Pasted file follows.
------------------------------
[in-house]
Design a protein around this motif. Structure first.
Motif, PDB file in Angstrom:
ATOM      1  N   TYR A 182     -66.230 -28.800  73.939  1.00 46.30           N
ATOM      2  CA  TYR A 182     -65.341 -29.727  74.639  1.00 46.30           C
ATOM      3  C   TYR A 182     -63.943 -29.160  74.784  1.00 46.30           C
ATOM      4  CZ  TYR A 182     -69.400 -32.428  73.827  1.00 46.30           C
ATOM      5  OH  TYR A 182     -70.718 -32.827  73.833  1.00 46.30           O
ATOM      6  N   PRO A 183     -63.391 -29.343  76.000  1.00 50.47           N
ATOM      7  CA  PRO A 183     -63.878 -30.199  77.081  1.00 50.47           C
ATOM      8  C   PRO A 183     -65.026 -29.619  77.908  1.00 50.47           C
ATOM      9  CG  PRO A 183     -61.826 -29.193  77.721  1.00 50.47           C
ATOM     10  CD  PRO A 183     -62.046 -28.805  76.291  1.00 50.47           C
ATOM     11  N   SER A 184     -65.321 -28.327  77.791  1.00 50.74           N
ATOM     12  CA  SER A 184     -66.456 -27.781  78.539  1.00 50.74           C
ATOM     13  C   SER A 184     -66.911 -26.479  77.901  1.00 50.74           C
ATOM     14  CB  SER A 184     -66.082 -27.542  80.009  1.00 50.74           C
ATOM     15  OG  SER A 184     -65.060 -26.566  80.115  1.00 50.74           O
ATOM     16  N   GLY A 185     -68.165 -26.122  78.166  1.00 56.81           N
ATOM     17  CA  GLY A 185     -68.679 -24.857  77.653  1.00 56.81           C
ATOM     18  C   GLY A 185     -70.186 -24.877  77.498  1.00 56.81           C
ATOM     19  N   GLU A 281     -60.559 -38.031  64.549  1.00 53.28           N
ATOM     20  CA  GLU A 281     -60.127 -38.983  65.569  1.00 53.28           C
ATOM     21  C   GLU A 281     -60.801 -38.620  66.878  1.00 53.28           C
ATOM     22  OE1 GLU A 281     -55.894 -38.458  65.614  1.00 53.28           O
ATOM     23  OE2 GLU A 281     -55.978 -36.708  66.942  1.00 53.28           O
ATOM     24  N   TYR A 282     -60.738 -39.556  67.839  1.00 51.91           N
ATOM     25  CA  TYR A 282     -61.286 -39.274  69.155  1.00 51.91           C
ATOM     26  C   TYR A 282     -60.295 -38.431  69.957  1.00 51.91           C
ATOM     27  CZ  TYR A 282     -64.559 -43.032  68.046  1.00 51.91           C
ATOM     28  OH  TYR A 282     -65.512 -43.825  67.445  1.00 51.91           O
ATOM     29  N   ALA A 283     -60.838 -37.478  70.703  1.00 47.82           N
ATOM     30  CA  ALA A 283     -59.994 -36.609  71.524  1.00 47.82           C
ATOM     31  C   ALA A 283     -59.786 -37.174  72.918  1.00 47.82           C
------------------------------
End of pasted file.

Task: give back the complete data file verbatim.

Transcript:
[in-house]
Design a protein around this motif. Structure first.
Motif, PDB file in Angstrom:
ATOM      1  N   TYR A 182     -66.230 -28.800  73.939  1.00 46.30           N
ATOM      2  CA  TYR A 182     -65.341 -29.727  74.639  1.00 46.30           C
ATOM      3  C   TYR A 182     -63.943 -29.160  74.784  1.00 46.30           C
ATOM      4  CZ  TYR A 182     -69.400 -32.428  73.827  1.00 46.30           C
ATOM      5  OH  TYR A 182     -70.718 -32.827  73.833  1.00 46.30           O
ATOM      6  N   PRO A 183     -63.391 -29.343  76.000  1.00 50.47           N
ATOM      7  CA  PRO A 183     -63.878 -30.199  77.081  1.00 50.47           C
ATOM      8  C   PRO A 183     -65.026 -29.619  77.908  1.00 50.47           C
ATOM      9  CG  PRO A 183     -61.826 -29.193  77.721  1.00 50.47           C
ATOM     10  CD  PRO A 183     -62.046 -28.805  76.291  1.00 50.47           C
ATOM     11  N   SER A 184     -65.321 -28.327  77.791  1.00 50.74           N
ATOM     12  CA  SER A 184     -66.456 -27.781  78.539  1.00 50.74           C
ATOM     13  C   SER A 184     -66.911 -26.479  77.901  1.00 50.74           C
ATOM     14  CB  SER A 184     -66.082 -27.542  80.009  1.00 50.74           C
ATOM     15  OG  SER A 184     -65.060 -26.566  80.115  1.00 50.74           O
ATOM     16  N   GLY A 185     -68.165 -26.122  78.166  1.00 56.81           N
ATOM     17  CA  GLY A 185     -68.679 -24.857  77.653  1.00 56.81           C
ATOM     18  C   GLY A 185     -70.186 -24.877  77.498  1.00 56.81           C
ATOM     19  N   GLU A 281     -60.559 -38.031  64.549  1.00 53.28           N
ATOM     20  CA  GLU A 281     -60.127 -38.983  65.569  1.00 53.28           C
ATOM     21  C   GLU A 281     -60.801 -38.620  66.878  1.00 53.28           C
ATOM     22  OE1 GLU A 281     -55.894 -38.458  65.614  1.00 53.28           O
ATOM     23  OE2 GLU A 281     -55.978 -36.708  66.942  1.00 53.28           O
ATOM     24  N   TYR A 282     -60.738 -39.556  67.839  1.00 51.91           N
ATOM     25  CA  TYR A 282     -61.286 -39.274  69.155  1.00 51.91           C
ATOM     26  C   TYR A 282     -60.295 -38.431  69.957  1.00 51.91           C
ATOM     27  CZ  TYR A 282     -64.559 -43.032  68.046  1.00 51.91           C
ATOM     28  OH  TYR A 282     -65.512 -43.825  67.445  1.00 51.91           O
ATOM     29  N   ALA A 283     -60.838 -37.478  70.703  1.00 47.82           N
ATOM     30  CA  ALA A 283     -59.994 -36.609  71.524  1.00 47.82           C
ATOM     31  C   ALA A 283     -59.786 -37.174  72.918  1.00 47.82           C